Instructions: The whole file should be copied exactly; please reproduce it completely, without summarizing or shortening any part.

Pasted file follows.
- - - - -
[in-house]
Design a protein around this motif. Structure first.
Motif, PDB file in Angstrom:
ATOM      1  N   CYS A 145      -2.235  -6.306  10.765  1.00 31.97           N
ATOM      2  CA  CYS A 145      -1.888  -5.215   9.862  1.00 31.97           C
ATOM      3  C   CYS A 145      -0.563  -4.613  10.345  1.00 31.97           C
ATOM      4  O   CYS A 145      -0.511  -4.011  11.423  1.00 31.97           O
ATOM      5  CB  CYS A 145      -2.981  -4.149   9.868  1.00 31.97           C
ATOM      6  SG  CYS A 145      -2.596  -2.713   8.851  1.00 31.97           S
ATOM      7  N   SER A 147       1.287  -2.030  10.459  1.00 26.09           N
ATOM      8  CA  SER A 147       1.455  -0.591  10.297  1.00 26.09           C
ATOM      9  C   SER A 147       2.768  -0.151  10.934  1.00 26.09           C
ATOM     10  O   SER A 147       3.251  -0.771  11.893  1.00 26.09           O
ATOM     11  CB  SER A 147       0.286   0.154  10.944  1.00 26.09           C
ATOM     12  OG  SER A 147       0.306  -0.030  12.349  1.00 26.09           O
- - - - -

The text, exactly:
[in-house]
Design a protein around this motif. Structure first.
Motif, PDB file in Angstrom:
ATOM      1  N   CYS A 145      -2.235  -6.306  10.765  1.00 31.97           N
ATOM      2  CA  CYS A 145      -1.888  -5.215   9.862  1.00 31.97           C
ATOM      3  C   CYS A 145      -0.563  -4.613  10.345  1.00 31.97           C
ATOM      4  O   CYS A 145      -0.511  -4.011  11.423  1.00 31.97           O
ATOM      5  CB  CYS A 145      -2.981  -4.149   9.868  1.00 31.97           C
ATOM      6  SG  CYS A 145      -2.596  -2.713   8.851  1.00 31.97           S
ATOM      7  N   SER A 147       1.287  -2.030  10.459  1.00 26.09           N
ATOM      8  CA  SER A 147       1.455  -0.591  10.297  1.00 26.09           C
ATOM      9  C   SER A 147       2.768  -0.151  10.934  1.00 26.09           C
ATOM     10  O   SER A 147       3.251  -0.771  11.893  1.00 26.09           O
ATOM     11  CB  SER A 147       0.286   0.154  10.944  1.00 26.09           C
ATOM     12  OG  SER A 147       0.306  -0.030  12.349  1.00 26.09           O